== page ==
Interview: Wilhelm Schmid of A. Lange & Söhne on the Odysseus

Why, how, and where it's headed.

Shortly before A. Lange & Söhne launched the Odysseus Datomatic, its chief executive Wilhelm Schmid was in Singapore to officially reopen its revamped boutique. But perhaps more importantly, he was available to discuss the Odysseus, which I did.

In the articulate and frank manner that is his style, Mr Schmid outlined the rationale behind the Odysseus, how it came to be, and drops a few hints as to where it’s going. Read what he had to say below.

The interview was edited for clarity and length.

You have established Lange’s reputation for watches of high quality; quality that no one disputes. Now you’re taking the next step into a different segment. What’s the rationale behind this?

We have not changed our fine watchmaking, [but we had to decide:] do we answer the question that has been raised by many customers over many years?

If you do something like that, you have to be unique, you have to be different, and it has to be of some interest for the customer. We rather not provide an answer than provide the wrong answer. So it took us a long time to find the face and find the design.

And then after we created the idea, [we had to create] something which will be recognisable within this sort of design, [with] the push buttons, the day-date complications.

Then, how can we use that to create a family?

It’s always easy to come up with one watch. It’s often more difficult if you want to have a recognisable face that can have different iterations and complications later on. So whilst we did that, we already had to consider what comes next, and next, and next…

The Odysseus Datomatic

Like how you did your chronograph?

I would not say that it will become a chronograph, but it’s like with the Lange 1. When you have that strong face, you have to understand the implications if you want add functions later on, you have to consider that in the beginning, otherwise you will not have room for it.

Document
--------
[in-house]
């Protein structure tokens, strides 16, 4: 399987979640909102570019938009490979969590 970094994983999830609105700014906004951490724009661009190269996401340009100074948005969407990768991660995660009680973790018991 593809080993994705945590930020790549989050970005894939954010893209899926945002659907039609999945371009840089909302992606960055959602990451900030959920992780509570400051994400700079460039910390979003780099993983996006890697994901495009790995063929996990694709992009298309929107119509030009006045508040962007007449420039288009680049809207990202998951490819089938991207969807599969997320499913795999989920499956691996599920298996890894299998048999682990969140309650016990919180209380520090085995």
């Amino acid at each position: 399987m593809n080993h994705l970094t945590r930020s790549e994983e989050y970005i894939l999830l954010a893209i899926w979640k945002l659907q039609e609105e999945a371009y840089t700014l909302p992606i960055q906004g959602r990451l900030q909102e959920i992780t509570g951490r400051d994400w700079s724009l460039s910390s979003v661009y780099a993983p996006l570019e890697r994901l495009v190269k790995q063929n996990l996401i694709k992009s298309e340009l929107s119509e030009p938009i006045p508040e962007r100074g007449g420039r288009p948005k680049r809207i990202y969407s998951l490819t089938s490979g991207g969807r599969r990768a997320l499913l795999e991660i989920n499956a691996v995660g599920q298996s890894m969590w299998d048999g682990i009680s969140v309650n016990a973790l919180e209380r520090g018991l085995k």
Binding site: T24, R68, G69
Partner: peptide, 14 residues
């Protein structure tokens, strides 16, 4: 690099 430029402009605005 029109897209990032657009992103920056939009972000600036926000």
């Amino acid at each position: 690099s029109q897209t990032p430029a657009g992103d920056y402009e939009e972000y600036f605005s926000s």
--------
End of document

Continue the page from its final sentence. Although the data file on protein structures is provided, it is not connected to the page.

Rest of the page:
You said it took a long time, how long did the development take?

To be honest, I think the first ideas are as old as Mr Blümlein. Even in those days they were considering creating a family of watches that you can use when playing with your children at the playground, not so much a sports watch or a diver’s watch. There was continuous work on the idea since then. And as you can see, it says 2015 on the calibre number [which is L155.1], because that’s when we knew what we wanted to do.

But the family was conceived together? You referred to subsequent models earlier.

Yes. Well, I’m not saying they’re ready yet. But because of the day-date complication, we needed to understand the implications for future models [in terms of layout and movements].

When Vacheron Constantin launched its line of steel watches a couple of years ago, I believe the aim was to make the line 20% of turnover, and to increase sales by that 20%, not cannibalise 20% of existing sales. Is it a similar strategy for Lange?

I very much agree on the collector’s buying habits. Usually a collector doesn’t buy this instead of that, he buys both if he like them. I don’t think there will be cannibalization, because what we’re offering [with the Odysseus] is so different to what we have today.